First I seriosly doubt the "majority" of engines use no oil between changes, the vast majority will use some. I have NEVER had an engine that used NO oil between changes even when the change interval was 3,000 miles. How much is the question, many were/are a quart or less in 3,000+ miles, but ALL used some amount.
Second if you have an engine that uses no oil between changes you are living in a dream world. What you are experiencing is fuel dilution in the oil. SOME oil is being used, no quesiton. If the oil level doesn't change at all, your getting fuel dilution in the oil making p for the lost oil, and THAT is a much bigger problem than using some oil!
Like Sandiaman said try Discounttiredirect. Shipping is free and no tax. Have Discount tire mount and balance for $19 per tire.
if you go to the website and order them one option is for them to be delivered directly to a nearby Discount/Americas tire and the web price will include mounting and balancing.
I use the old fashioned method of testing it with my meter- though they say that modern meters are such a high impedance that they will not discharge a capacitor, I have yet to run in to one that was charged.
The "official" method uses a 2k ohm 5 watt resistor.
and leave it connected. many capacitors will build up another charge if you discharge it and then open the leads. Won't recharge to anywhere near the initial charge, but it can be enough to give you a suprising jolt.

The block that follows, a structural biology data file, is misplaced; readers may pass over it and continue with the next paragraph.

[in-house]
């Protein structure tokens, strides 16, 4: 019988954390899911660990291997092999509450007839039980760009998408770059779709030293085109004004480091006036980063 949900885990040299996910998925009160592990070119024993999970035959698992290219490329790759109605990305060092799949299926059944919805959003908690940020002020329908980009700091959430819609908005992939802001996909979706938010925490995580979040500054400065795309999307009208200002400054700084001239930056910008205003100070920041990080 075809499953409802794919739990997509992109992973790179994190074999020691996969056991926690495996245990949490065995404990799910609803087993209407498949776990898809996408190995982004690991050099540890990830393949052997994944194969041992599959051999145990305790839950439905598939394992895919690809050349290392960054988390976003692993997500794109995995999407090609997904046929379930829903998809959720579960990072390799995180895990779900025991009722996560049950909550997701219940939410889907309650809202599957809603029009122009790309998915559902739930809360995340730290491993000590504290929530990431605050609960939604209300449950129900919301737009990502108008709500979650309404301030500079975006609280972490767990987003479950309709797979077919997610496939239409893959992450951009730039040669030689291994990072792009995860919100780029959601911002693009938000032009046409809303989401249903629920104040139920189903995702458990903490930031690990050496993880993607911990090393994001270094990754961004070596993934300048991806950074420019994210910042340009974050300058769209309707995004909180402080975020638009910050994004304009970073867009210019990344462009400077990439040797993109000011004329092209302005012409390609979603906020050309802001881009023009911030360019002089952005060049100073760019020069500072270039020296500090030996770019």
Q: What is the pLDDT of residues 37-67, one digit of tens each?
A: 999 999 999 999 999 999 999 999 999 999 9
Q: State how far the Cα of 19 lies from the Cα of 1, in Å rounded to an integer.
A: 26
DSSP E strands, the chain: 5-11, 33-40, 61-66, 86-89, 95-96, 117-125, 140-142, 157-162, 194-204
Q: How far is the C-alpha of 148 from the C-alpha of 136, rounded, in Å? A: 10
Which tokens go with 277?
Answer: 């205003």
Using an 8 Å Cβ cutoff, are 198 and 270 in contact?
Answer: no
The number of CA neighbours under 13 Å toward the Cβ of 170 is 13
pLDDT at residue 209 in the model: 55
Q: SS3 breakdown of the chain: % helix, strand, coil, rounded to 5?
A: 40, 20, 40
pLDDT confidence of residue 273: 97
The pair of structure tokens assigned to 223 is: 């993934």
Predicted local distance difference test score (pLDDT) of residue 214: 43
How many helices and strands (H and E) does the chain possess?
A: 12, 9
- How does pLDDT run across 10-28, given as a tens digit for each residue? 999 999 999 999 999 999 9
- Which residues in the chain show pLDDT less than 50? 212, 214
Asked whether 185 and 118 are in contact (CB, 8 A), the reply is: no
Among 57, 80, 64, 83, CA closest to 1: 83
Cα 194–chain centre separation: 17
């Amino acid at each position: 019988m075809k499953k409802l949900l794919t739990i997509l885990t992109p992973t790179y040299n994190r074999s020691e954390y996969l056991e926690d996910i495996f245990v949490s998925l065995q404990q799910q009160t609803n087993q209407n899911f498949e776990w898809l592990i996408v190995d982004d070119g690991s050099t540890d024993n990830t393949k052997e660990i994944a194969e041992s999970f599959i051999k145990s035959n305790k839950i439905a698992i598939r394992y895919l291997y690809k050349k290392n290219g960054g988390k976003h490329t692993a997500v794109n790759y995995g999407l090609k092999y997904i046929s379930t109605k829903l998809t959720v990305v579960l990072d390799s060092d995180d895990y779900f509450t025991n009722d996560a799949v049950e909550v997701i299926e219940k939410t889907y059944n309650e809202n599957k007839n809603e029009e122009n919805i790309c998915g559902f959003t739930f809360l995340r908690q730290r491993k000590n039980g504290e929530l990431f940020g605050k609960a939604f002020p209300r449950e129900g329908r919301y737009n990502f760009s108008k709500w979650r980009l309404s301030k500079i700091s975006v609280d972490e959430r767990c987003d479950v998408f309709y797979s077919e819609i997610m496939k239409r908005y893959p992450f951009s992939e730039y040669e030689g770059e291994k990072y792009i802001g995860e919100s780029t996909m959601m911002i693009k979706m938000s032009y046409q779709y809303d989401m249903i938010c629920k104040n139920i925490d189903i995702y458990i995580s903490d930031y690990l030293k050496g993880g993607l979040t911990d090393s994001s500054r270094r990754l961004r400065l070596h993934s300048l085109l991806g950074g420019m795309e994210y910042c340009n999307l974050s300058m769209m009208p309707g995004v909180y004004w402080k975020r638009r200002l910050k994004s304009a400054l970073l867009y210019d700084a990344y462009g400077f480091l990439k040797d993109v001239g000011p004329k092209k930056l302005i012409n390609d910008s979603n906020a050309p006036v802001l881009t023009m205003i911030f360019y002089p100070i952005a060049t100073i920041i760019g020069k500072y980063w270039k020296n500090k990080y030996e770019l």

rather than starting with length we found a floorplan we liked and then looked at how it would fit our travel plans. Yes, it's long, (35' overall), yes there are campgrounds we can no longer get to, but we decided to go with it anyway.
After 2 years of traveling, close to 15K miles of adventures, almost 200 days living in the trailer, we still love the trailer and haven't found another one we would trade it for. We just check ahead on campgrounds and while our first choice hasn't always worked out, we have always been able to find a campground that is close enough to where we want to be to enjoy it. And, our preference is remote sites, no hookups.
So, look at floorplans you like first then size considerations, not the other way around.
Most vehicle mfg will say that as long as oil consumption is less than a quart every 600ish miles it is considered "normal". At least in terms of anything they will consider fixing under warranty. That said, I'd consider that excessive on a newer vehicle.
My experience with current vehicles is that the vast majority use significantly less oil than that. With newer vehicles that I have owned and friends have owned, consumption seems to vary all over the map. My mercedes with 140K uses less than 1/2 qt. every 7500 miles between changes. My son's s-10 with 250K has used a quart every 3000 since new, Duramax with 110K uses a quart about every 5K on synthetic, almost none on conventional oil (different viscosity), mostly towing. I've had hondas that use about 1 quart every 3-5K and some that used virtually none. And my old chevy van (87) with small block was a quart every 3K or so from new till 180K when I sold it, partly from the common exhaust valve guide seal getting hard and the puff of smoke on hot start.